Just below Forester Pass’ peak lies the most nerve-wracking 50 feet of the entire PCT. Without snow, the chute beneath Forester Pass is a narrow path, expertly engineered into the rock face, shortly before arriving at the top. With the early-spring conditions, the “trail” was little more than a crusty path of 6-inch-wide steps cut by ice axe into the chute of ice and snow that dropped precipitously down the side of the mountain.

Calming my nerves, I began tracing the steps of the hikers who had passed earlier that morning, ensuring that each crampon spike was embedded with precision in the snow. Time stood still while perched above the drop-off. Using my ice axe to brace into the mountain, I peered below. One slip and I would find myself right back where I had started in a fraction of the time it took to get here – if I missed the boulder fields. Fortunately for me that day, my crampons never gave way, and a short Class 3 scramble later, I found myself atop the highest point on the 2,650-mile trail.

Such days were the best and the worst. Often during such challenges, and even more so on the long, lonely stretches, I would think about Mikey. I would think about all that he had to endure and the bravery with which he faced it. On that particular day in May, I found myself repeating a phrase that was a mutual favorite of Mikey’s and mine: “Just keep swimming; just keep swimming.”

 

What day stands out as the best?

That’s a tough one. I would say my best day has to be when I hiked roughly 48 miles in northern Oregon. Not only do I adore the scenery in this region, but this particular day epitomized the state of flow you can fall into while hiking – where the sense of time slips away as your focus is sharpened by the challenge at hand. My hiking friends and I refer to it as mental buzz, but it can also be experienced in other sports, studying, or working in the lab.

The day began at Olallie Lake, looking across at the magnificent Mount Jefferson. I had initially planned to wake up before dawn, but one of the challenges of hiking alone is the lack of accountability to a partner. Of course, I slept through my alarm that morning and got off to a late start. The projected total elevation gain for the day was a manageable 6,000 feet, and I was excited to test the mettle of my legs, which were in tiptop shape after three months of walking.

The landscape that day was quintessential Oregon – dense green forest, trickling creeks, and cerulean alpine lakes, with intermittent views of the magnificent volcanic mountains. For the first eight hours, I maintained a brisk 3½-mph clip, walking without a break until 2:30 p.m. The grade of the trail was kind, but it still was a shock when my GPS device read 29 miles already for the day.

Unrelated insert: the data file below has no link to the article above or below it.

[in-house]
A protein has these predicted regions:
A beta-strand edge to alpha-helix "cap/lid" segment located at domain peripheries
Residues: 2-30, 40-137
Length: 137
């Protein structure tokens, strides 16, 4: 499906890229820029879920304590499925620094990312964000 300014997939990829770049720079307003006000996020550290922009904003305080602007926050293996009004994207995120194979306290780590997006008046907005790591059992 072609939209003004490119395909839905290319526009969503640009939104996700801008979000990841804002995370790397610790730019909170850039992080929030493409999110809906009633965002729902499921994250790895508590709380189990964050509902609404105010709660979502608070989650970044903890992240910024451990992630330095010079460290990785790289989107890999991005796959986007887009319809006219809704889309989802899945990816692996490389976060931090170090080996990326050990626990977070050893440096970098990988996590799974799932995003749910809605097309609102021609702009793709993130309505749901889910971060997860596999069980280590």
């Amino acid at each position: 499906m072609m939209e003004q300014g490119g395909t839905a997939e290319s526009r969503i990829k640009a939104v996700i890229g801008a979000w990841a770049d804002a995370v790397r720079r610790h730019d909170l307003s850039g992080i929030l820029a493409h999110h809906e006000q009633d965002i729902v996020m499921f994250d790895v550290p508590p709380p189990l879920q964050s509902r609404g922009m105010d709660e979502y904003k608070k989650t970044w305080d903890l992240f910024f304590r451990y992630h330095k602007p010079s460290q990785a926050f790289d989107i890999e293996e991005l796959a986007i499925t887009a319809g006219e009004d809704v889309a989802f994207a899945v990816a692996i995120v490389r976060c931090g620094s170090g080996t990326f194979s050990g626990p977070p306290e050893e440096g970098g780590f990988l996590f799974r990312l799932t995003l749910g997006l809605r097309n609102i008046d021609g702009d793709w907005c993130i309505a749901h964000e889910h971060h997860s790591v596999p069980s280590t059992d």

After chatting with some local day hikers – which was a treat for me at this point since I had been hiking mostly alone since the Sierra – I was off and pushing to make it to Mount Hood’s Timberline Lodge. As the day carried on and the sun fell below the horizon, the pine forest finally gave way to sandy slopes and numbing winds at the base of Mount Hood. Two steps forward were seemingly always followed by one step back.

Finally, well after losing feeling in my hands and feet, the brilliant spire adorning the brick facade of the Civilian Conservation Corps-era lodge came into view, and I trudged directly into the lodge restaurant for a meal, smelly hiker gear and all. I can still remember the first warm bites.

Four men standing next to a cabin on a mountain top
Eric stands on top of Mt. Whitney with a group of hiking companions.

 

Looking back, was it worth it?

Without a doubt. Hike 4 Pennies generated an immense, and humbling, amount of support. Most importantly, kids with incurable diffuse intrinsic pontine glioma (DIPG) will benefit from a new clinical trial paid for in part with money raised through the hike.

The lessons of the trail will forever guide my path in medicine and beyond. Much of my time alone was spent thinking about life and what makes it meaningful. Ultimately, I arrived at the conclusion that a fulfilling life for me would include treating pediatric brain tumor patients and helping to find cures for cancers that currently have none, such as DIPG.

That has led me to my current plan of becoming a pediatric neurosurgeon.